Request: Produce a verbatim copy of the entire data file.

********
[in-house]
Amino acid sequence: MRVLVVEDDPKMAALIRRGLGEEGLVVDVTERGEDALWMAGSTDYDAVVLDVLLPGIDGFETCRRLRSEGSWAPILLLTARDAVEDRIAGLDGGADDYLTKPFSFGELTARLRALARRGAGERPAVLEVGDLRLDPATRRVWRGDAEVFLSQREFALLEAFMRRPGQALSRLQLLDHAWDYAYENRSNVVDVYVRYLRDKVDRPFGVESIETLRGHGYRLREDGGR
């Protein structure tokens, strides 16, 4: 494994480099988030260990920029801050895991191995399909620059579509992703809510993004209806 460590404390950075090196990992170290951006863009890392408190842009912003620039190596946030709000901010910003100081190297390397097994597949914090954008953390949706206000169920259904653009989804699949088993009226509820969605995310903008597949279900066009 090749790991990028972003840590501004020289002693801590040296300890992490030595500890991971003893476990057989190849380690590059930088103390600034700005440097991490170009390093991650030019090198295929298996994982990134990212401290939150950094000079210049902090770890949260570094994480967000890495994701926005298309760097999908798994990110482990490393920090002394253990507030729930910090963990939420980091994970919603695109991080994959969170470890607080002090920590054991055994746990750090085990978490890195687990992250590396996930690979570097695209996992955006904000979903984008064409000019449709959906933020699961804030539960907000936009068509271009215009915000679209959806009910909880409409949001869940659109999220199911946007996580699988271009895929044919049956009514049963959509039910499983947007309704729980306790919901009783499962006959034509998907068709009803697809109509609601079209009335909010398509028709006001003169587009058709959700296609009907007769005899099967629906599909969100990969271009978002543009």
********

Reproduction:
[in-house]
Amino acid sequence: MRVLVVEDDPKMAALIRRGLGEEGLVVDVTERGEDALWMAGSTDYDAVVLDVLLPGIDGFETCRRLRSEGSWAPILLLTARDAVEDRIAGLDGGADDYLTKPFSFGELTARLRALARRGAGERPAVLEVGDLRLDPATRRVWRGDAEVFLSQREFALLEAFMRRPGQALSRLQLLDHAWDYAYENRSNVVDVYVRYLRDKVDRPFGVESIETLRGHGYRLREDGGR
């Protein structure tokens, strides 16, 4: 494994480099988030260990920029801050895991191995399909620059579509992703809510993004209806 460590404390950075090196990992170290951006863009890392408190842009912003620039190596946030709000901010910003100081190297390397097994597949914090954008953390949706206000169920259904653009989804699949088993009226509820969605995310903008597949279900066009 090749790991990028972003840590501004020289002693801590040296300890992490030595500890991971003893476990057989190849380690590059930088103390600034700005440097991490170009390093991650030019090198295929298996994982990134990212401290939150950094000079210049902090770890949260570094994480967000890495994701926005298309760097999908798994990110482990490393920090002394253990507030729930910090963990939420980091994970919603695109991080994959969170470890607080002090920590054991055994746990750090085990978490890195687990992250590396996930690979570097695209996992955006904000979903984008064409000019449709959906933020699961804030539960907000936009068509271009215009915000679209959806009910909880409409949001869940659109999220199911946007996580699988271009895929044919049956009514049963959509039910499983947007309704729980306790919901009783499962006959034509998907068709009803697809109509609601079209009335909010398509028709006001003169587009058709959700296609009907007769005899099967629906599909969100990969271009978002543009």